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Oil on canvas

An Craps lives and works near Brussels and graduated from the BKO Academy of Visual and Audiovisual Arts in Overijse in June 2017. Today, she is training here to specialize in painting.

She starts from existing or her own composed images and personal photographs, which are powerful and confrontational, but also have a certain melancholy and imperfection. As a result, they unconsciously or consciously evoke questions and emotions. She has been collecting these for years in both a paper and digital archive.


An element that is always palpable in her portfolio is a constant search for personal development and individuality (amassed through new impressions, knowledge and daily experiences) versus the need for breathing room, focus and simplicity.

Although the start of a new series is partly coincidental and the theme is not an end in itself, its choice is always accompanied by that tension between excess and tranquility. Also decisive is the beauty she sees in the imperfection of the subject. The choice of color palette is a means of building the mood she wants to convey. The powerful sketches of Rubens, the Seville series by Meunier but also the Spanish artist Sorolla have an influence on the applied movement in the works and also in the color palette used. In addition, An is also heavily influenced by the abstract paintings of the 1960s by Cy Twombly or Joan Mitchell, so the work is mostly large-scale expressionist, focused on the emotional interaction between viewer and painting. The works also contain some structure or a limited amount of realism but this is mostly accidental and not an end in itself.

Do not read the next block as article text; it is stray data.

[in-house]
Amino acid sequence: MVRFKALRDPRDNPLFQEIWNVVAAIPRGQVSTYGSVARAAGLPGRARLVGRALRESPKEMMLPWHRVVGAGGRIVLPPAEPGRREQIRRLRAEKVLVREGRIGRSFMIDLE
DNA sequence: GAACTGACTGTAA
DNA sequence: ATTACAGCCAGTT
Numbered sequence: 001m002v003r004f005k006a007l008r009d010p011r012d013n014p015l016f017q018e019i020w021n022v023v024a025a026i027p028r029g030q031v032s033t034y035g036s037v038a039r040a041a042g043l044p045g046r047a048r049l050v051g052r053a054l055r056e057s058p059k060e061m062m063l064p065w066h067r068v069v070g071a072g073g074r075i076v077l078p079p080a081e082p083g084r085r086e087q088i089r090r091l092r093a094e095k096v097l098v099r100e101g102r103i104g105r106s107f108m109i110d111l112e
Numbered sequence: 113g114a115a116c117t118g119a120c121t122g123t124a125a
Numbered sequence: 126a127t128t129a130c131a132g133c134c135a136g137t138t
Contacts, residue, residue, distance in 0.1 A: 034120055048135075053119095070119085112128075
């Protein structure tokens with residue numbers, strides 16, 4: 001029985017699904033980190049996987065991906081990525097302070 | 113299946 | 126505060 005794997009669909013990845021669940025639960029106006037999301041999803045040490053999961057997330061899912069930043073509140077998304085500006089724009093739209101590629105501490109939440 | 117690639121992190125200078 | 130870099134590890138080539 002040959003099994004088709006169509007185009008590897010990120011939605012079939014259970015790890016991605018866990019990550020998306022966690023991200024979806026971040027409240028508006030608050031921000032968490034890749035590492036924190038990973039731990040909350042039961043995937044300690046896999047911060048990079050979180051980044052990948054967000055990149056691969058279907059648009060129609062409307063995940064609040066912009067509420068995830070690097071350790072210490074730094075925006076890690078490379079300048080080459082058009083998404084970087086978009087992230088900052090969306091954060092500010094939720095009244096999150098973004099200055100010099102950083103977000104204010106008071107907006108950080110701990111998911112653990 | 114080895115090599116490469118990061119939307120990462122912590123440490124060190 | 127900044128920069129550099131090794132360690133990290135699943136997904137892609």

The process she employs allows her to escape from the everyday rat race that is society and creates an oasis of mental calm where the impressions acquired from her personal quest are employed. The basic image is at some point let go and so the work becomes a non-existent new world in which both the maker and the viewer can go on a quest.

 She uses as a base a powerful and recognizable script to apply the different materials such as acrylic, oil paint, pastel or ink and combines this with subtle details that arise from coincidences or are applied very consciously. She builds up the work in many layers and plays with the paint by combining transparencies and opaque layers. Because of all these choices made, the work needs breathing room to penetrate.


The end point is a non-existent new world in which both the creator and the viewer can become detached from the environment and explore.

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